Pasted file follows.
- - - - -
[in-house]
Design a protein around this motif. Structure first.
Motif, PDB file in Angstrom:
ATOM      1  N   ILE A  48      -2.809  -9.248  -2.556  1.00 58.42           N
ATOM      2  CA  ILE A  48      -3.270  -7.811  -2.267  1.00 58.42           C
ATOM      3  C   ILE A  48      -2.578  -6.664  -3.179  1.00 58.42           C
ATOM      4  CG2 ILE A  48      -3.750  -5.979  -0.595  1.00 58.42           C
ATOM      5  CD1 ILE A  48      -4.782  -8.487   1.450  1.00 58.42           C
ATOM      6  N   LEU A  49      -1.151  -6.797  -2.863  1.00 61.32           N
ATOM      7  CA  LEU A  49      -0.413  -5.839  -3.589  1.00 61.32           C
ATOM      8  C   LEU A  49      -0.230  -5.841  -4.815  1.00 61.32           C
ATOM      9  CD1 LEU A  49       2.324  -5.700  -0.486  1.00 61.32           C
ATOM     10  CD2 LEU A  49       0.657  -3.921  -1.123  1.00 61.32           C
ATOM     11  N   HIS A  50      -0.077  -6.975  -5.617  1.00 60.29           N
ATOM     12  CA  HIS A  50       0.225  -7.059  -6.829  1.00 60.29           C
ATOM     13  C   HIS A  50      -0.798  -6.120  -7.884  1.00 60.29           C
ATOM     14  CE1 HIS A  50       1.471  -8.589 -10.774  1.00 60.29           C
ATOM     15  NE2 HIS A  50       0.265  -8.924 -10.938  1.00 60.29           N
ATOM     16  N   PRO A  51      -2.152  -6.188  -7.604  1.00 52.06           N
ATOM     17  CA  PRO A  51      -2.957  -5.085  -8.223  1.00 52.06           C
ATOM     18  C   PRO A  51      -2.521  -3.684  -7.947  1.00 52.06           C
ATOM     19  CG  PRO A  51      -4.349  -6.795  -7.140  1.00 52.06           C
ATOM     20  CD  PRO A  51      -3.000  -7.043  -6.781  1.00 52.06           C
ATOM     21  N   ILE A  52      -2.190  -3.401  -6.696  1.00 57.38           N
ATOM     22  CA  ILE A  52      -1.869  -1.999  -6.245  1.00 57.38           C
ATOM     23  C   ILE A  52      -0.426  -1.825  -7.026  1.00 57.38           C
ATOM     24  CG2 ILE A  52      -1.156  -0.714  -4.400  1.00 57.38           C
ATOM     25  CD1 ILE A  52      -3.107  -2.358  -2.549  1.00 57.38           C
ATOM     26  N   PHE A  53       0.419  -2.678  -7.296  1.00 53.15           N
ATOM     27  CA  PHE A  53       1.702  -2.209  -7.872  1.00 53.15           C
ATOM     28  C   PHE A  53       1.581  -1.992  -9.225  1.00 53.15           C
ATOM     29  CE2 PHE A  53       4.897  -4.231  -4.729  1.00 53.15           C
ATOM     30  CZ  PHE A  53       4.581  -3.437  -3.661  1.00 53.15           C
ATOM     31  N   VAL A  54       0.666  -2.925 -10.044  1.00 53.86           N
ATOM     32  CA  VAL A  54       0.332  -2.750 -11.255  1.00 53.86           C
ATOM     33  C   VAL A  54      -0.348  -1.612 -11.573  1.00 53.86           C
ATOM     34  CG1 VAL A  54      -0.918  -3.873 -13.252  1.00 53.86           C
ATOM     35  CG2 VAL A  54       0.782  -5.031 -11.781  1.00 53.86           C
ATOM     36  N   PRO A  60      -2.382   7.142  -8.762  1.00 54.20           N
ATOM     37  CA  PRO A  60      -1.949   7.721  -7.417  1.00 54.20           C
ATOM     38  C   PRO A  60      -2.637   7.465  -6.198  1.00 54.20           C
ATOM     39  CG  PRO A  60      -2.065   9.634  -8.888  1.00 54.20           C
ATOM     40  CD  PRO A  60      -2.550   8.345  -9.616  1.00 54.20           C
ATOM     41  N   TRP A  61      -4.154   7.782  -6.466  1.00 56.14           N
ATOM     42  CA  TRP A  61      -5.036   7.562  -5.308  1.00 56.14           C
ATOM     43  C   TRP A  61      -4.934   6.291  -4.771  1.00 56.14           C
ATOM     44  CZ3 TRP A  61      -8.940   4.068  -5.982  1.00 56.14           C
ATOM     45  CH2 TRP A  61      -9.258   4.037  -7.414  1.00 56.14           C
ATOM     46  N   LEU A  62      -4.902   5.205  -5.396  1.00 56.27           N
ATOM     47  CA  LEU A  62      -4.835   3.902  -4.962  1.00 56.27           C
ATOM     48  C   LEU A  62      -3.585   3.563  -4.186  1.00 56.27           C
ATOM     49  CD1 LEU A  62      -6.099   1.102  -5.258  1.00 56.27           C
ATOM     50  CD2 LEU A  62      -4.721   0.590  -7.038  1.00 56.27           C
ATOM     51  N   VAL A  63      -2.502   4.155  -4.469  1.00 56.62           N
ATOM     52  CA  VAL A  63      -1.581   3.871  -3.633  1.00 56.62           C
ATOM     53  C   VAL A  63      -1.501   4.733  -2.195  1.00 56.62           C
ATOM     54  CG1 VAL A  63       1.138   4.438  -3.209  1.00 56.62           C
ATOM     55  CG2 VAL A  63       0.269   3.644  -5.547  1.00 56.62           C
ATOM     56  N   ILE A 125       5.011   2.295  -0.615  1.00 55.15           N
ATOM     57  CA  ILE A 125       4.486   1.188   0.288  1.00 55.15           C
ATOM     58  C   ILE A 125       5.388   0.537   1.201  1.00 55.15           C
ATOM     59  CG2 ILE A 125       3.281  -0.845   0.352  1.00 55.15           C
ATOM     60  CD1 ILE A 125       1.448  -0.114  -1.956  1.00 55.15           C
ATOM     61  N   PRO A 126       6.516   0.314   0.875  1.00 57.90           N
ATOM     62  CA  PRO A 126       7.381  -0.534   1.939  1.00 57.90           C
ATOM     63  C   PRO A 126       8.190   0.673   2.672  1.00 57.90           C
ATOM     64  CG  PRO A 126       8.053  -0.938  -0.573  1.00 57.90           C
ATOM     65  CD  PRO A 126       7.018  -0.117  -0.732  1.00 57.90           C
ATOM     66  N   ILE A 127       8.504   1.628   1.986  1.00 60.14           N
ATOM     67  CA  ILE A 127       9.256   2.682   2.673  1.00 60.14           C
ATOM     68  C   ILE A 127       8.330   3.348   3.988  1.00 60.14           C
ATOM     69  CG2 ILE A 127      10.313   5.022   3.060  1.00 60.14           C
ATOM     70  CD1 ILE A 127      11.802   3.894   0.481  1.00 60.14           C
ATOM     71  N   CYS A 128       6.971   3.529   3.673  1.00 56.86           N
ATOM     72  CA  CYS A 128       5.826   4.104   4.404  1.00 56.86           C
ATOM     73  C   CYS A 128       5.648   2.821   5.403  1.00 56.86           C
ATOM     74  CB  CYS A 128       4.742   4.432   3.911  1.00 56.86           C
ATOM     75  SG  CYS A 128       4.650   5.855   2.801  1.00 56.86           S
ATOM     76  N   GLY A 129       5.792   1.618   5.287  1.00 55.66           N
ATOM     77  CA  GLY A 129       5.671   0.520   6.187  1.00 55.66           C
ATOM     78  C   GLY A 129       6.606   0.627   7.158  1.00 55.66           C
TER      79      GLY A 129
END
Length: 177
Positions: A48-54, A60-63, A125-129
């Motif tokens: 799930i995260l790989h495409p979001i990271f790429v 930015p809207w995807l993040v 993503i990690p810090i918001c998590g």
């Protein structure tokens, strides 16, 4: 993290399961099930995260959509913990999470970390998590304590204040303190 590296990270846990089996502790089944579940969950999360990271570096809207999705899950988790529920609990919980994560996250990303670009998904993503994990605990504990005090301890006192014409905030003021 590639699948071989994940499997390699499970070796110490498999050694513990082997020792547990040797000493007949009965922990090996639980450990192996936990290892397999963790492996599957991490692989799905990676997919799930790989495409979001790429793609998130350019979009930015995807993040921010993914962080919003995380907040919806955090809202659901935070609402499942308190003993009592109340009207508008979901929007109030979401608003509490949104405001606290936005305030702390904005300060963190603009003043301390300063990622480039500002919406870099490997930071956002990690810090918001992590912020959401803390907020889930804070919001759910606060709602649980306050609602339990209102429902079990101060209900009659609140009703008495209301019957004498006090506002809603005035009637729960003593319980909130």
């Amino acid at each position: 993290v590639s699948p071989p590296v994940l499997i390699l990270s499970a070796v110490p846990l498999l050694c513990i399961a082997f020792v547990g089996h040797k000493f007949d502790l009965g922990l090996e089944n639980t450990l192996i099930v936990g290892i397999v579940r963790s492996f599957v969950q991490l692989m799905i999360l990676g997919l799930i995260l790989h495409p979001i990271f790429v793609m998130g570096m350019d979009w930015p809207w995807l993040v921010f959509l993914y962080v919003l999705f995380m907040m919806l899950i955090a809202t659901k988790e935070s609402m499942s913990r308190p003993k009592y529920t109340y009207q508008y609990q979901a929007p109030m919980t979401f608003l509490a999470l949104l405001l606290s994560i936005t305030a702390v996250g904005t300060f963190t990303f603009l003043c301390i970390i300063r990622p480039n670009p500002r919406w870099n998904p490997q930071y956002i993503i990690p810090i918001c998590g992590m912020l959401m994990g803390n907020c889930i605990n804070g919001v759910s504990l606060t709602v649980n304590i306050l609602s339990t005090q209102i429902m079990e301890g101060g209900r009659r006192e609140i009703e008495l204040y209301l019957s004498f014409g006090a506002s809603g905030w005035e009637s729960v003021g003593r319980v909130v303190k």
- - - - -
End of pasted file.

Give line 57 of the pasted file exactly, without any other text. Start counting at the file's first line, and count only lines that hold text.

ATOM     54  CG1 VAL A  63       1.138   4.438  -3.209  1.00 56.62           C